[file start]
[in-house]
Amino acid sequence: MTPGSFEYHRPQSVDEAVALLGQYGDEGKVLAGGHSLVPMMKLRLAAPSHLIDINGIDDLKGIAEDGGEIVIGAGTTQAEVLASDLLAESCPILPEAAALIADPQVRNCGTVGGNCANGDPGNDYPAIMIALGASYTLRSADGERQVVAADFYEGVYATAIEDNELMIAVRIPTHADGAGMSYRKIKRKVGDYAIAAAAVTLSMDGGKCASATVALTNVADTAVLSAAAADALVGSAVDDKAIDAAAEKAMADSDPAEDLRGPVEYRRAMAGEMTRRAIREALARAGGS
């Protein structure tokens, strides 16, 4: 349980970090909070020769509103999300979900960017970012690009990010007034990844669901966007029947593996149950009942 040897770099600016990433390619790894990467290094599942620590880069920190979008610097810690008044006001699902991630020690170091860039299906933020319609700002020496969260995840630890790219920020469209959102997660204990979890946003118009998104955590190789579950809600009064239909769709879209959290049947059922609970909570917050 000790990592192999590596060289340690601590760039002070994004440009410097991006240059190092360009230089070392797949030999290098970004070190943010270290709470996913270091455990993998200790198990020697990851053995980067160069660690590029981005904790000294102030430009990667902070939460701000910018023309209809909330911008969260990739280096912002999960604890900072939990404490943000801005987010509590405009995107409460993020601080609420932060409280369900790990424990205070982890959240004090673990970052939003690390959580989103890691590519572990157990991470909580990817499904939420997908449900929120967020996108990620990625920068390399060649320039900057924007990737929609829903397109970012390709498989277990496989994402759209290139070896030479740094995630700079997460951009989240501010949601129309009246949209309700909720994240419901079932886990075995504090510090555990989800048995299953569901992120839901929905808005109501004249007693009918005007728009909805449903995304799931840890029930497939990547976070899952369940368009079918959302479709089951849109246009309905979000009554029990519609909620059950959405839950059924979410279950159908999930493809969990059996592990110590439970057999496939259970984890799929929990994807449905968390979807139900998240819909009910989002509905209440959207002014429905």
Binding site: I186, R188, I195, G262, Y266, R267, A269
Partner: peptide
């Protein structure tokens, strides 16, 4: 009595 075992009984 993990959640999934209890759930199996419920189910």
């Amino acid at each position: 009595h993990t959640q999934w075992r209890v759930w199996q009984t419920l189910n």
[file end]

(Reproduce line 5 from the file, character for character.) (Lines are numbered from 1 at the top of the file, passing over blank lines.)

Partner: peptide